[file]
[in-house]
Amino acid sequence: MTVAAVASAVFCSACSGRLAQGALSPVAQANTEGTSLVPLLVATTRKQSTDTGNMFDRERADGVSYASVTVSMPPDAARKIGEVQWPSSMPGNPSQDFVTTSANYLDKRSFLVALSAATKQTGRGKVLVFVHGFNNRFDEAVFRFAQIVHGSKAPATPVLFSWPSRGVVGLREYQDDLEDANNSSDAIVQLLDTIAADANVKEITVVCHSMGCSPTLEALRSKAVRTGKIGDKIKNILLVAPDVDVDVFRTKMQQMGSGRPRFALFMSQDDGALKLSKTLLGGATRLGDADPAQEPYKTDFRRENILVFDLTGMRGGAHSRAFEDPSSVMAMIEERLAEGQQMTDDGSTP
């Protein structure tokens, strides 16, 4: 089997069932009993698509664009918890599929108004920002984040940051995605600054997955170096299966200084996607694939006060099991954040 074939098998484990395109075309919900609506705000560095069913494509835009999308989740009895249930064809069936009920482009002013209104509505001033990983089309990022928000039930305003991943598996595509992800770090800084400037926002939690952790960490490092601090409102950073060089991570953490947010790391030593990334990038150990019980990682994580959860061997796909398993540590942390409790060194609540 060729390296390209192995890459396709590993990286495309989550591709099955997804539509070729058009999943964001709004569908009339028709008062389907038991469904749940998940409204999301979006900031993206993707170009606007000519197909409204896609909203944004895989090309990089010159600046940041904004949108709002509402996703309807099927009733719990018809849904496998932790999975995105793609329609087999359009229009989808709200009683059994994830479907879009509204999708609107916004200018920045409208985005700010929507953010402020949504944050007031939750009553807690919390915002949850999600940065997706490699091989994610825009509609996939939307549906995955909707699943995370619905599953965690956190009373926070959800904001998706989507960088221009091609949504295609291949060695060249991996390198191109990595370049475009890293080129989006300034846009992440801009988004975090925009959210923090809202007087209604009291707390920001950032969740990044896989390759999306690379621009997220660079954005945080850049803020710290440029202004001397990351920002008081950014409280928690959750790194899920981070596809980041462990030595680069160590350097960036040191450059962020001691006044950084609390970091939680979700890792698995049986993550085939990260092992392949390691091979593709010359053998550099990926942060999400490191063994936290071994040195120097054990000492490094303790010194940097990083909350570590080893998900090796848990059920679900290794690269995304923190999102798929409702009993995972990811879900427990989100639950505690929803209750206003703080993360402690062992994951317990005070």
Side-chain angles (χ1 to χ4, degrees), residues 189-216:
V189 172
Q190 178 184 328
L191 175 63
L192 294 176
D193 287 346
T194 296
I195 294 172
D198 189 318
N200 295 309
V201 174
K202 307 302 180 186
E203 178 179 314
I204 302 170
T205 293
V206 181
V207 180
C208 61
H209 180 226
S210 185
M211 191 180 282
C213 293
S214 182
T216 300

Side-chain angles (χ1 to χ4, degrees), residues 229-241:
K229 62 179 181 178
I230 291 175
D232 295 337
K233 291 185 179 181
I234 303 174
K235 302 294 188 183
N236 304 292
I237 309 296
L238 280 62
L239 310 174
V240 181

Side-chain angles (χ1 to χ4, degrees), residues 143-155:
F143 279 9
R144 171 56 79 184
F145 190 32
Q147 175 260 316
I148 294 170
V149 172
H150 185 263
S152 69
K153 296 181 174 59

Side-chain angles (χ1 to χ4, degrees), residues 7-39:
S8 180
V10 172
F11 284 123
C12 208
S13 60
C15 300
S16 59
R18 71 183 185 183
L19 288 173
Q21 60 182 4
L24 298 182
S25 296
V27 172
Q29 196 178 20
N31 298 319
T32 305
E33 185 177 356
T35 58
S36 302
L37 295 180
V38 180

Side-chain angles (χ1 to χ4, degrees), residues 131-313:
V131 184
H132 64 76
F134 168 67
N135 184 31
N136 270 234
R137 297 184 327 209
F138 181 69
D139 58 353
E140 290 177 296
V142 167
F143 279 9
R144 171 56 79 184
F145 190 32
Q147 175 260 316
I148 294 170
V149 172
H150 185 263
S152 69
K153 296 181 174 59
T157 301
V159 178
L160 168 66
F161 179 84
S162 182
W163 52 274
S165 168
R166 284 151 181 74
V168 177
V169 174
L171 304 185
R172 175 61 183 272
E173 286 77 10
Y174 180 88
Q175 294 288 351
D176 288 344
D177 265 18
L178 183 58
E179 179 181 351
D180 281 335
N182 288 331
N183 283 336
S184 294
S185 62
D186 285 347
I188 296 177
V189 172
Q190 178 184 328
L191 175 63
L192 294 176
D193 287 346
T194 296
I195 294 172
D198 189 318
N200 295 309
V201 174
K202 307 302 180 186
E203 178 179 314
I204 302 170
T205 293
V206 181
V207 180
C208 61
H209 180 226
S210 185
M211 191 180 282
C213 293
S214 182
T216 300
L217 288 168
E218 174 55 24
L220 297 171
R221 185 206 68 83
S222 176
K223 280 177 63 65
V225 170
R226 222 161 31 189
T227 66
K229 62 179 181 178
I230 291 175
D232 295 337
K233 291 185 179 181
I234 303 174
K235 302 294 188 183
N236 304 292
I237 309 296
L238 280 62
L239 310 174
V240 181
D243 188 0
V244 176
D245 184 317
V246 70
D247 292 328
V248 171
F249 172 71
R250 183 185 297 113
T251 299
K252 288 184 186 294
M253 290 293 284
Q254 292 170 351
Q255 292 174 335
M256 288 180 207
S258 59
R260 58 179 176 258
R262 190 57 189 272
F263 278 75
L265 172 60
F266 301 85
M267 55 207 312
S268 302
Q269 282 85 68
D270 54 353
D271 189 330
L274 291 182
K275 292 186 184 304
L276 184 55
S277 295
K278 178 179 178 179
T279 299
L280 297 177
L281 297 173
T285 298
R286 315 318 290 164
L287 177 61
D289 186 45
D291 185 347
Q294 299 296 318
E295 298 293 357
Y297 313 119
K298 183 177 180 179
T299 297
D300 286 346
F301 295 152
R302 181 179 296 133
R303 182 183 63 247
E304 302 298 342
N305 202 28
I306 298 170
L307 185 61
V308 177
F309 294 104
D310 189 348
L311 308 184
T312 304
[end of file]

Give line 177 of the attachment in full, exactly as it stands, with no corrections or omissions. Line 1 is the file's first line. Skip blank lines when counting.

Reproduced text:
R262 190 57 189 272